At the beginning of chapter 5, the platform is once again described, before Ralph summons the boys to attend an urgent meeting. Golding goes into further detail regarding the position of certain tree trunks and stumps on the platform. He writes,

The place of assembly in which he stood was roughly a triangle; but irregular and sketchy, like everything they made. First there was the log on which he himself sat; a dead tree that must have been quite exceptionally big for the platform. Perhaps one of those legendary storms of the Pacific had shifted it here. This palm trunk lay parallel to the beach, so that when Ralph sat he faced the island but to the boys was a darkish figure against the shimmer of the lagoon. The two sides of the triangle of which the log was base were less evenly defined. On the right was a log polished by restless seats along the top, but not so large as the chief's and not so comfortable. On the left were four small logs, one of them—the farthest—lamentably springy. (58)

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The platform and the mountain top are both described in the first chapter of the novel. The platform is described first, early in the chapter when Ralph first sees it. I will include here the beginning and the ending of the passage so that you can locate it and then use it in its entirety for your project:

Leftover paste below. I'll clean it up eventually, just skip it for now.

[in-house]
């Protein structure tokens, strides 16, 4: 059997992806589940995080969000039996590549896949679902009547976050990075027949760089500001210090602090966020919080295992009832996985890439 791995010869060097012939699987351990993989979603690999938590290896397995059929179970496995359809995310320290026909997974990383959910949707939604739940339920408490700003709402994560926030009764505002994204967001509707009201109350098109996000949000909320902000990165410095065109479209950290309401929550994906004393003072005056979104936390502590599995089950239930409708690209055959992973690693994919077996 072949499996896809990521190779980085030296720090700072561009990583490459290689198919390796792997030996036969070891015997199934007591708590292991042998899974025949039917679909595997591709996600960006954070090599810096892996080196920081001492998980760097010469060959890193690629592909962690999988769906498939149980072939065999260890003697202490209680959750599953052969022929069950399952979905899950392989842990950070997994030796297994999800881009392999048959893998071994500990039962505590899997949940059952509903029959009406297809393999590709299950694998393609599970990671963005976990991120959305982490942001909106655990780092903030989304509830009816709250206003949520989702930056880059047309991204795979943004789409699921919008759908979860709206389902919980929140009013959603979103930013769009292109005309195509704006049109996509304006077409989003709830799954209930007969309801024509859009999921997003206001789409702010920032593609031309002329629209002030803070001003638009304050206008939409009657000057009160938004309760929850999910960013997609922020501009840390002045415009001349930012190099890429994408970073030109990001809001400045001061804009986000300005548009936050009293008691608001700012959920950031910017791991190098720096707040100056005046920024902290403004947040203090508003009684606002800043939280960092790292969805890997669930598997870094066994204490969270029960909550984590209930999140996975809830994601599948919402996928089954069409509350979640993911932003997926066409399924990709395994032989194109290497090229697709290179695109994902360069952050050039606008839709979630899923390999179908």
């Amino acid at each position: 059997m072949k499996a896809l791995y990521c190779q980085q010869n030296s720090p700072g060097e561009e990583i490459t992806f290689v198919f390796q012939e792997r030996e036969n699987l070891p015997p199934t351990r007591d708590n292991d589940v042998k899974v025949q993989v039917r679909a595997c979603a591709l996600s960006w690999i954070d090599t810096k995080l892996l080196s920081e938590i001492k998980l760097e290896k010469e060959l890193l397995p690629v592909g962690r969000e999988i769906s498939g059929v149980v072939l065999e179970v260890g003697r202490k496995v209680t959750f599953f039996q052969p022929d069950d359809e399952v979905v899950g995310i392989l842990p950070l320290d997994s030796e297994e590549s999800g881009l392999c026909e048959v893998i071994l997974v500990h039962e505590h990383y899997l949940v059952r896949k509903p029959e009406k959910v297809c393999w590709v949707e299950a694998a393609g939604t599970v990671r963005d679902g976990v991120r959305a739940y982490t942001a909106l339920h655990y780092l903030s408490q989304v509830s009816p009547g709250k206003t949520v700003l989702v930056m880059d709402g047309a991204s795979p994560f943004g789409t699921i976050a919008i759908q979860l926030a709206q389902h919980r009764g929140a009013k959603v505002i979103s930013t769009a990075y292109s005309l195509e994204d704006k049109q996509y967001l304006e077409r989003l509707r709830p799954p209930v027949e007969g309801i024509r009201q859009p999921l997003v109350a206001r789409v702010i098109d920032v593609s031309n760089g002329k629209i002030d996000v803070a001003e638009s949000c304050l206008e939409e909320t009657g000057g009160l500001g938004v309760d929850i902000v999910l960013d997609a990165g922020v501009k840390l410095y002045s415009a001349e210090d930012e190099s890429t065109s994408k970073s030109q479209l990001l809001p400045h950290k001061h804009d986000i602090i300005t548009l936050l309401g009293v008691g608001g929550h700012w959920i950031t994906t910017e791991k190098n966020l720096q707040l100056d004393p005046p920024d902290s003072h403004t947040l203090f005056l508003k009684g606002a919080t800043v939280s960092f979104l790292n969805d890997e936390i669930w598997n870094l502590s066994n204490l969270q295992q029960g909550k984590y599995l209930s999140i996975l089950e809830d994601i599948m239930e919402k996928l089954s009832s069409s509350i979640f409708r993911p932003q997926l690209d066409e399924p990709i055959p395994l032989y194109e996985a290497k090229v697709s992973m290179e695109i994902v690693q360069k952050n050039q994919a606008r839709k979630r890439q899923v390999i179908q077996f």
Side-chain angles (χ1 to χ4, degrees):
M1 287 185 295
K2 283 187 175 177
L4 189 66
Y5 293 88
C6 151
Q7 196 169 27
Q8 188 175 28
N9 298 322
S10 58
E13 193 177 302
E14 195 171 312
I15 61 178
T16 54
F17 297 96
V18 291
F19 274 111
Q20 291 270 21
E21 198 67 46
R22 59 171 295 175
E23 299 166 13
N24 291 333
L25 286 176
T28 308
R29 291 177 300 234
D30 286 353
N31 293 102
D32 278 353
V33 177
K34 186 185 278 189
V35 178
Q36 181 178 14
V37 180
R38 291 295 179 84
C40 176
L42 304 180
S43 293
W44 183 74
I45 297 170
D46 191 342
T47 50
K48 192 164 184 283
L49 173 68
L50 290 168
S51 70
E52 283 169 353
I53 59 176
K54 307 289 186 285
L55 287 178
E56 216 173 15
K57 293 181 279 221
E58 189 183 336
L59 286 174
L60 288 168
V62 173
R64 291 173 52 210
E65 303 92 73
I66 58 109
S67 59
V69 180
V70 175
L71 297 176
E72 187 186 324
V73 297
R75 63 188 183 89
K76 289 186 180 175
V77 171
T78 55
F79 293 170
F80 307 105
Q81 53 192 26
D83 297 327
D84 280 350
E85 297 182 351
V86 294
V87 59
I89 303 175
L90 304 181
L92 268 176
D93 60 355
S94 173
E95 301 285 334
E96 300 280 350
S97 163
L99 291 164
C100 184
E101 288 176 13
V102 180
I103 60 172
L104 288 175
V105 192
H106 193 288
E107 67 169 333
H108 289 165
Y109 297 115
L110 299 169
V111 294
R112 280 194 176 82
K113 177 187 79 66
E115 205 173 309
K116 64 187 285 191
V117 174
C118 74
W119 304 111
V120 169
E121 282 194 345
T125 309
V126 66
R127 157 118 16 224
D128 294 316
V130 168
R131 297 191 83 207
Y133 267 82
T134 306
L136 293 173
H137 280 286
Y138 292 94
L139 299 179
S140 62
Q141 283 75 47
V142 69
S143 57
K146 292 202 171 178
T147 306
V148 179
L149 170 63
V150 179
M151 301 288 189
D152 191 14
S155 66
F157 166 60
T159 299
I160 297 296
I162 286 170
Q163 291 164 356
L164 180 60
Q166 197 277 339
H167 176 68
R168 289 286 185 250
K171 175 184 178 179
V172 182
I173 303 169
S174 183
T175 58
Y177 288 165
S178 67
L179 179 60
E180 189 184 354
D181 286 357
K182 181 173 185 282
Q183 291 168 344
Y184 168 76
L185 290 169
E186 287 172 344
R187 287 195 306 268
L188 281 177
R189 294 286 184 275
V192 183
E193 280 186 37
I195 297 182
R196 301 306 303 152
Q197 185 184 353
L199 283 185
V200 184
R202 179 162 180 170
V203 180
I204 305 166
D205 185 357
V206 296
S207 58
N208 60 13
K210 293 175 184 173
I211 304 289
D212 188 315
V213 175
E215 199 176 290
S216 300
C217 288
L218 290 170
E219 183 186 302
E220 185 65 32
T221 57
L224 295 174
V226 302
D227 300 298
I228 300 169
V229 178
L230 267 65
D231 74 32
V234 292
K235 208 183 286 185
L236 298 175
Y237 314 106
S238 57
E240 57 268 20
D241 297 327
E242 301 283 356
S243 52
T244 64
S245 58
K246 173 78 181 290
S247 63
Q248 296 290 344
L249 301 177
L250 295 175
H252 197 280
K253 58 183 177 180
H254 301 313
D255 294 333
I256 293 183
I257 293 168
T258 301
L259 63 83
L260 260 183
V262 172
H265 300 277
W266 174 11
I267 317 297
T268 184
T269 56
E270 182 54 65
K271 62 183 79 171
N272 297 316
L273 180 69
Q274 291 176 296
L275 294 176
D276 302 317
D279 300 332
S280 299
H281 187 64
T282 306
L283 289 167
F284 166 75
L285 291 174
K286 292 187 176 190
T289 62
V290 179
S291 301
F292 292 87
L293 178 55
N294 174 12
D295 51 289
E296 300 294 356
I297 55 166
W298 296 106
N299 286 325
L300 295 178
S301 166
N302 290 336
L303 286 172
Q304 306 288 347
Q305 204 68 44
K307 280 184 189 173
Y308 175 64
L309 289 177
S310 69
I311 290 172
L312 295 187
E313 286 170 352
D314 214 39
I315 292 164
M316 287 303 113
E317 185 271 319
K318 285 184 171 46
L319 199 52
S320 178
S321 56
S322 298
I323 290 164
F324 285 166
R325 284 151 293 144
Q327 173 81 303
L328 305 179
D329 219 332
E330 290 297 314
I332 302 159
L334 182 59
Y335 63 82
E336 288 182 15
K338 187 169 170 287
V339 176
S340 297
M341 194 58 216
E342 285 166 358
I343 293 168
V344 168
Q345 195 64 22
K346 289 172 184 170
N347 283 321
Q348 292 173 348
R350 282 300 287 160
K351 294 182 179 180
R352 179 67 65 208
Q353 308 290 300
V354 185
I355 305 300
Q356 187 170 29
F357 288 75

Here the beach was interrupted abruptly by the square motif of the landscape; a great platform of pink granite thrust up uncompromisingly through forest and terrace and sand and lagoon to make a raised jetty four feet high. The top of this was covered with a thin layer of soil and coarse grass and shaded with young palm trees . . . A school of tiny, glittering fish flicked hither and thither.

The top of the mountain is described toward the end of the chapter when the boys finally complete their difficult climb. Here is the descriptive passage in its entirety:

They were on the lip of a circular hollow in the side of the mountain. This was filled with a blue flower, a rock plant of some sort, and the overflow hung down the vent and spilled lavishly among the canopy of the forest. The air was thick with butterflies, lifting, fluttering, settling.

Beyond the hollow was the square top of the mountain and soon they were standing on it.

Following this passage, Golding then describes the island in detail as it appears to the boys as they look down upon it from the mountain top. This description might be helpful to you, also, in your project.